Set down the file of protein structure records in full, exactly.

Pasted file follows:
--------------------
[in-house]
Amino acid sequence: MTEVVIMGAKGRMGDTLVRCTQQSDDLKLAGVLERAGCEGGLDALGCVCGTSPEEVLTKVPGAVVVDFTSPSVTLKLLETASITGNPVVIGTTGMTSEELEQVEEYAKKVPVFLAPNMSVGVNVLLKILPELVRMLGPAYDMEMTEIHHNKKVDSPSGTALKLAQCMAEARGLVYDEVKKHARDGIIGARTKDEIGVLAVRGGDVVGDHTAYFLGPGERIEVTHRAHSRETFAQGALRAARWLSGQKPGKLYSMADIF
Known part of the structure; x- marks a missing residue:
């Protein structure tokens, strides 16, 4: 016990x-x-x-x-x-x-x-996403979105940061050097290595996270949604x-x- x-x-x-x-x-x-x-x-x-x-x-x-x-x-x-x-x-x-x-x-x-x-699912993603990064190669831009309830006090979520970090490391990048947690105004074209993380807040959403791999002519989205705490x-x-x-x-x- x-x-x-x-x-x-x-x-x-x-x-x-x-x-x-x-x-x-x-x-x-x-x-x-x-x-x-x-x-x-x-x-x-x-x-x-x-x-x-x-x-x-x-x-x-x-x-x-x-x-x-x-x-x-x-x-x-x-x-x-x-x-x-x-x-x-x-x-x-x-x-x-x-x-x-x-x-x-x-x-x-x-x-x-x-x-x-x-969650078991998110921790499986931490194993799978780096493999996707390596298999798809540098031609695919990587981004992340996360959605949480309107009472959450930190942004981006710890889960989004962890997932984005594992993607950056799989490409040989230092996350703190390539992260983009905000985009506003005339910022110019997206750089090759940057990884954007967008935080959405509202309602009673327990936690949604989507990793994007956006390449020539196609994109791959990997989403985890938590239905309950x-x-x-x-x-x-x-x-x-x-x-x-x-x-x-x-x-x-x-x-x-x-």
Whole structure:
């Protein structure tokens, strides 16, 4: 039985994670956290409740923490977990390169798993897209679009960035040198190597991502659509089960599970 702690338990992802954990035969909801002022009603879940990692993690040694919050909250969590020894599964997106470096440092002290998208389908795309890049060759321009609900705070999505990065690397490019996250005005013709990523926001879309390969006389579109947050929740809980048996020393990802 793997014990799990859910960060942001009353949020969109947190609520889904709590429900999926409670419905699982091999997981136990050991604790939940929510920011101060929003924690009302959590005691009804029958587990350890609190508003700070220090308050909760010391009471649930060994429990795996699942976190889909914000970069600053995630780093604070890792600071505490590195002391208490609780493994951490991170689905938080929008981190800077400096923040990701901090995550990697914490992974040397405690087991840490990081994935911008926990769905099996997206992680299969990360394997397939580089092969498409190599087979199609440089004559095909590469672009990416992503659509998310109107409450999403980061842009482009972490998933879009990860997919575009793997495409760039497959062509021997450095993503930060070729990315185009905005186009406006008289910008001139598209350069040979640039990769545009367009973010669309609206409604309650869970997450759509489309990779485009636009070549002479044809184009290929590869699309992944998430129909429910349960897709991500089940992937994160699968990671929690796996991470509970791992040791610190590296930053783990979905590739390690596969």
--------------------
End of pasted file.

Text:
[in-house]
Amino acid sequence: MTEVVIMGAKGRMGDTLVRCTQQSDDLKLAGVLERAGCEGGLDALGCVCGTSPEEVLTKVPGAVVVDFTSPSVTLKLLETASITGNPVVIGTTGMTSEELEQVEEYAKKVPVFLAPNMSVGVNVLLKILPELVRMLGPAYDMEMTEIHHNKKVDSPSGTALKLAQCMAEARGLVYDEVKKHARDGIIGARTKDEIGVLAVRGGDVVGDHTAYFLGPGERIEVTHRAHSRETFAQGALRAARWLSGQKPGKLYSMADIF
Known part of the structure; x- marks a missing residue:
């Protein structure tokens, strides 16, 4: 016990x-x-x-x-x-x-x-996403979105940061050097290595996270949604x-x- x-x-x-x-x-x-x-x-x-x-x-x-x-x-x-x-x-x-x-x-x-x-699912993603990064190669831009309830006090979520970090490391990048947690105004074209993380807040959403791999002519989205705490x-x-x-x-x- x-x-x-x-x-x-x-x-x-x-x-x-x-x-x-x-x-x-x-x-x-x-x-x-x-x-x-x-x-x-x-x-x-x-x-x-x-x-x-x-x-x-x-x-x-x-x-x-x-x-x-x-x-x-x-x-x-x-x-x-x-x-x-x-x-x-x-x-x-x-x-x-x-x-x-x-x-x-x-x-x-x-x-x-x-x-x-x-969650078991998110921790499986931490194993799978780096493999996707390596298999798809540098031609695919990587981004992340996360959605949480309107009472959450930190942004981006710890889960989004962890997932984005594992993607950056799989490409040989230092996350703190390539992260983009905000985009506003005339910022110019997206750089090759940057990884954007967008935080959405509202309602009673327990936690949604989507990793994007956006390449020539196609994109791959990997989403985890938590239905309950x-x-x-x-x-x-x-x-x-x-x-x-x-x-x-x-x-x-x-x-x-x-």
Whole structure:
């Protein structure tokens, strides 16, 4: 039985994670956290409740923490977990390169798993897209679009960035040198190597991502659509089960599970 702690338990992802954990035969909801002022009603879940990692993690040694919050909250969590020894599964997106470096440092002290998208389908795309890049060759321009609900705070999505990065690397490019996250005005013709990523926001879309390969006389579109947050929740809980048996020393990802 793997014990799990859910960060942001009353949020969109947190609520889904709590429900999926409670419905699982091999997981136990050991604790939940929510920011101060929003924690009302959590005691009804029958587990350890609190508003700070220090308050909760010391009471649930060994429990795996699942976190889909914000970069600053995630780093604070890792600071505490590195002391208490609780493994951490991170689905938080929008981190800077400096923040990701901090995550990697914490992974040397405690087991840490990081994935911008926990769905099996997206992680299969990360394997397939580089092969498409190599087979199609440089004559095909590469672009990416992503659509998310109107409450999403980061842009482009972490998933879009990860997919575009793997495409760039497959062509021997450095993503930060070729990315185009905005186009406006008289910008001139598209350069040979640039990769545009367009973010669309609206409604309650869970997450759509489309990779485009636009070549002479044809184009290929590869699309992944998430129909429910349960897709991500089940992937994160699968990671929690796996991470509970791992040791610190590296930053783990979905590739390690596969």